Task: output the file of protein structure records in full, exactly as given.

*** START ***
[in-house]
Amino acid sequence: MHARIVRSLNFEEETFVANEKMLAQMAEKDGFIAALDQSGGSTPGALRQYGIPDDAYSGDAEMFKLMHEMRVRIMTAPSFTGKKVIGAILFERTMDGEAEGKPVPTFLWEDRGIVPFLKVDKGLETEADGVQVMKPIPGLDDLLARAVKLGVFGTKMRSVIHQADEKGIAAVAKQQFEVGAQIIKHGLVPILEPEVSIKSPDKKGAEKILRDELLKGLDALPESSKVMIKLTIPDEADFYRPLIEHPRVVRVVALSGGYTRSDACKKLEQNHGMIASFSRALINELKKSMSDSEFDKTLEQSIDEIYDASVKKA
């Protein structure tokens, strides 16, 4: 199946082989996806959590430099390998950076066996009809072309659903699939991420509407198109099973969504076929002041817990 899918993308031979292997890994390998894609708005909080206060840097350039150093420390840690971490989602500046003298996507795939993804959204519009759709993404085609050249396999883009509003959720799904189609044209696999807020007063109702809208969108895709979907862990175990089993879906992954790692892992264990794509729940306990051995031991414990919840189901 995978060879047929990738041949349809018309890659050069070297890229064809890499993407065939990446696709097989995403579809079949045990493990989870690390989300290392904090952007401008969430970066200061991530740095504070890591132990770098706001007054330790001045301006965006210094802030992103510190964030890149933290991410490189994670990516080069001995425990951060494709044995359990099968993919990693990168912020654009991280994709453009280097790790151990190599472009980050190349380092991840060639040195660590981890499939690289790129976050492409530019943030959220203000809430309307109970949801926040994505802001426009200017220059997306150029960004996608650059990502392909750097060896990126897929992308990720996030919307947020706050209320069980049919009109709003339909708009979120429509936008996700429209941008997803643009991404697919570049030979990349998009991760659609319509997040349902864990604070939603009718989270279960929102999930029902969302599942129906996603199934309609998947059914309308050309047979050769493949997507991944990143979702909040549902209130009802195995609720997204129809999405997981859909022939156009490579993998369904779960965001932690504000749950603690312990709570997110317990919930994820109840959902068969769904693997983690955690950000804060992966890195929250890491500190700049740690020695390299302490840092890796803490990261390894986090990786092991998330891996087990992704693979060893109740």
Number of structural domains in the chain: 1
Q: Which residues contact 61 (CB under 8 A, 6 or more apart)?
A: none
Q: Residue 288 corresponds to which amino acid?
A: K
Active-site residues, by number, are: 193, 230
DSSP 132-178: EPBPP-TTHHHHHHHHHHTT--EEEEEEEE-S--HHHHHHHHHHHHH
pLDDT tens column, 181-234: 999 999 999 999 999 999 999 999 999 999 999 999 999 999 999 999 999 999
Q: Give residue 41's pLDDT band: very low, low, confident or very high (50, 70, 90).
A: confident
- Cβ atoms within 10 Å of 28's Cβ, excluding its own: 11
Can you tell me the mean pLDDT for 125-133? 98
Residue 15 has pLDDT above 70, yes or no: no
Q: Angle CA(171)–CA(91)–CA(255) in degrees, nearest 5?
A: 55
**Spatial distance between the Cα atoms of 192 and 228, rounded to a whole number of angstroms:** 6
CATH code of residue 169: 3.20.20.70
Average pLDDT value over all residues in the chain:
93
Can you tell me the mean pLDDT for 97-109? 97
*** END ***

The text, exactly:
[in-house]
Amino acid sequence: MHARIVRSLNFEEETFVANEKMLAQMAEKDGFIAALDQSGGSTPGALRQYGIPDDAYSGDAEMFKLMHEMRVRIMTAPSFTGKKVIGAILFERTMDGEAEGKPVPTFLWEDRGIVPFLKVDKGLETEADGVQVMKPIPGLDDLLARAVKLGVFGTKMRSVIHQADEKGIAAVAKQQFEVGAQIIKHGLVPILEPEVSIKSPDKKGAEKILRDELLKGLDALPESSKVMIKLTIPDEADFYRPLIEHPRVVRVVALSGGYTRSDACKKLEQNHGMIASFSRALINELKKSMSDSEFDKTLEQSIDEIYDASVKKA
């Protein structure tokens, strides 16, 4: 199946082989996806959590430099390998950076066996009809072309659903699939991420509407198109099973969504076929002041817990 899918993308031979292997890994390998894609708005909080206060840097350039150093420390840690971490989602500046003298996507795939993804959204519009759709993404085609050249396999883009509003959720799904189609044209696999807020007063109702809208969108895709979907862990175990089993879906992954790692892992264990794509729940306990051995031991414990919840189901 995978060879047929990738041949349809018309890659050069070297890229064809890499993407065939990446696709097989995403579809079949045990493990989870690390989300290392904090952007401008969430970066200061991530740095504070890591132990770098706001007054330790001045301006965006210094802030992103510190964030890149933290991410490189994670990516080069001995425990951060494709044995359990099968993919990693990168912020654009991280994709453009280097790790151990190599472009980050190349380092991840060639040195660590981890499939690289790129976050492409530019943030959220203000809430309307109970949801926040994505802001426009200017220059997306150029960004996608650059990502392909750097060896990126897929992308990720996030919307947020706050209320069980049919009109709003339909708009979120429509936008996700429209941008997803643009991404697919570049030979990349998009991760659609319509997040349902864990604070939603009718989270279960929102999930029902969302599942129906996603199934309609998947059914309308050309047979050769493949997507991944990143979702909040549902209130009802195995609720997204129809999405997981859909022939156009490579993998369904779960965001932690504000749950603690312990709570997110317990919930994820109840959902068969769904693997983690955690950000804060992966890195929250890491500190700049740690020695390299302490840092890796803490990261390894986090990786092991998330891996087990992704693979060893109740």
Number of structural domains in the chain: 1
Q: Which residues contact 61 (CB under 8 A, 6 or more apart)?
A: none
Q: Residue 288 corresponds to which amino acid?
A: K
Active-site residues, by number, are: 193, 230
DSSP 132-178: EPBPP-TTHHHHHHHHHHTT--EEEEEEEE-S--HHHHHHHHHHHHH
pLDDT tens column, 181-234: 999 999 999 999 999 999 999 999 999 999 999 999 999 999 999 999 999 999
Q: Give residue 41's pLDDT band: very low, low, confident or very high (50, 70, 90).
A: confident
- Cβ atoms within 10 Å of 28's Cβ, excluding its own: 11
Can you tell me the mean pLDDT for 125-133? 98
Residue 15 has pLDDT above 70, yes or no: no
Q: Angle CA(171)–CA(91)–CA(255) in degrees, nearest 5?
A: 55
**Spatial distance between the Cα atoms of 192 and 228, rounded to a whole number of angstroms:** 6
CATH code of residue 169: 3.20.20.70
Average pLDDT value over all residues in the chain:
93
Can you tell me the mean pLDDT for 97-109? 97